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Peter Thornton

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  • Posts

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  • Gender
    Male
  • Location
    Kendal

Previous Fields

  • Occupation
    Local Government
  • Boat Name
    Sunseeker
  • Boat Location
    Stockton Top

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Peter Thornton's Achievements

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  1. There are two sides to this. Some of the asylums were huge and there was no doubt that many of the inmates had been institutionalised. There was a powerful “Who do you think you are” programme with Ruby Wax finding that her ancestors with basically the same issues as her had been in asylums.
  2. Just a couple of points to add. Many new boaters overestimate how much power you can get out of batteries. Firstly, you should not routinely discharge them beyond 50% charge. Secondly, most engine charging systems will not charge to 100% capacity and finally most batteries will only be working at a % of their original rating anyway. So, say 4x 100ah = 400ah then suppose they are now at 90% of original capacity = 360ah and charged to 95% = 342ah 50% of this = 171ah So you will be lucky to get 40% of the theoretical capacity of your batteries, and it may well be less than this. Now go round your boat adding up your appliances. The fridge may be the biggest battery killer as it’s on 24hours a day and running for a good proportion of this. Finally, beware the inverter. Fine for running small electronic items, laptops etc but anything with heating and motors designed for a normal home will kill your batteries in no time. Don’t even think of washing machines and dryers! ( They are a whole different subject.) The whole subject of batteries is endlessly fascinating to some of us boaters and intensely boring to others! If you are in the second category then get an expert to check over your whole system. Ask them to calculate your loads as a guide and to fit some kind of monitoring system to avoid discharging your batteries too far and wrecking them in a few weeks. Our share boat has a smartgauge which is simple enough for us all to use and does the trick nicely. Lastly, if Tony Brooks says different then he’s the expert so believe him rather than me!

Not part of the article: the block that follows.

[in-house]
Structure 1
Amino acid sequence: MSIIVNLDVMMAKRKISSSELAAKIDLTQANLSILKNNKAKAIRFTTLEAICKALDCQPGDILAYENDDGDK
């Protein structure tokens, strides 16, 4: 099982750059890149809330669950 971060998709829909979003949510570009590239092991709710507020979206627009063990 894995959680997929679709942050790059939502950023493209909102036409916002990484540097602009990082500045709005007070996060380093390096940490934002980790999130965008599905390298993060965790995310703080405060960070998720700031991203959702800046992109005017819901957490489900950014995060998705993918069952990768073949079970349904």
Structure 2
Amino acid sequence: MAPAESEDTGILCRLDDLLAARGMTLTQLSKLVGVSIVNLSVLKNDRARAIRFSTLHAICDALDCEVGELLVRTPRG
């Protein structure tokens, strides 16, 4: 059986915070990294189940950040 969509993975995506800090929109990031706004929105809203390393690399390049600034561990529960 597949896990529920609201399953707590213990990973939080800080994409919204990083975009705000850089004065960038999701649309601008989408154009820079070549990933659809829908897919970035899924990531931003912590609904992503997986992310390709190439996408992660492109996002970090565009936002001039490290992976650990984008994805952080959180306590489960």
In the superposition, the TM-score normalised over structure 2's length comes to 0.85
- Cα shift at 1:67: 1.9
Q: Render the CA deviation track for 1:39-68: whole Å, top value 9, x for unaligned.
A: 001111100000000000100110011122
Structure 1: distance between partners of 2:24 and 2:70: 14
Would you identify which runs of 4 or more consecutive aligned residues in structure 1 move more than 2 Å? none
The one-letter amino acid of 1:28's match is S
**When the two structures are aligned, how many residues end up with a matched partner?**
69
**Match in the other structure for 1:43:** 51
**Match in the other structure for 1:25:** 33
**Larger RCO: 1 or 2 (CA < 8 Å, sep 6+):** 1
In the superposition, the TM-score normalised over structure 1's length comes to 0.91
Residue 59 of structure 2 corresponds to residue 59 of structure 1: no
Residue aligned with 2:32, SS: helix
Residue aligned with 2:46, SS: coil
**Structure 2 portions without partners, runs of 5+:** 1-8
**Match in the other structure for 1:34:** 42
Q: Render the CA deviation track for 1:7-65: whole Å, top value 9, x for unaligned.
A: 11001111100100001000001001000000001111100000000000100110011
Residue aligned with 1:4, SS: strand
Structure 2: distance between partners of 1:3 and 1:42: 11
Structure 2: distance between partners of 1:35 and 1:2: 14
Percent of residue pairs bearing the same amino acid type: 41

3. Does the top bearing have a grease nipple? In which case, pump some grease in. if not (assuming it’s a metal bearing) think about fitting one?
  4. I think there’s some confusion here between the boats built by Mark Kendall and the boats built in Kendal by Cumbria narrowboats.
  5. http://www.waterways-great-britain.co.uk/kendall-narrowboats
  6. Back to the original topic. We pay £45 an hour for someone to work on the boat and last time I looked a typical solicitor would charge £150 - £250 an hour. In my experience work on the boat is satisfactory something like 95% of the time whereas solicitors have been successful (in combative cases) about 20% of the time. Add to this the prospect of costs from the other side and I'm led to the conclusion that it's best to put the money into the boat rather than lawyers.
  7. Lots of them on the tills at my local supermarket……..
  8. The rules about travelling, especially for exercise, are not entirely clear. Most of the fines handed out around here are because people from different households are coming in the same car.
  9. Just picking this thread up. Years ago I did a rescue boat course on Lake Windermere and the danger caused by the propeller was drilled into us. It’s something which is not much discussed by Narrowboat owners and I guess that most people who fall overboard just walk to the shore but maybe more should be made of this danger. Having said that, it doesn’t seem to happen often?
  10. Unfortunately a teacher did die of COVID, back in March, in Barrow in Furness.
  11. Projects I’ve been involved in have around 40% “optimism bias” added to projected costs, for this very reason!
  12. Thanks David Mack, that’s a very informative reply.
  13. No, but I rely on them to tell me the cost of projects and them I make my own decisions. I’ve always found them invaluable.
  14. Accountants are unfairly maligned! They keep the show on the road........
  15. I often wonder about the various decisions made when constructing canals. There is a hill in the way. We can go round it, go through it by a tunnel or a cutting, or travel over it by putting in some locks. And the choices we make will all affect the cost of both constructing the canal and subsequently running it. Did the engineers have endless debates with the accountants and the canal companies? Was there any kind of scale of costs for the various options? Somewhere I imagine there are some records of these conversations, does anyone know of any books etc which detail them?
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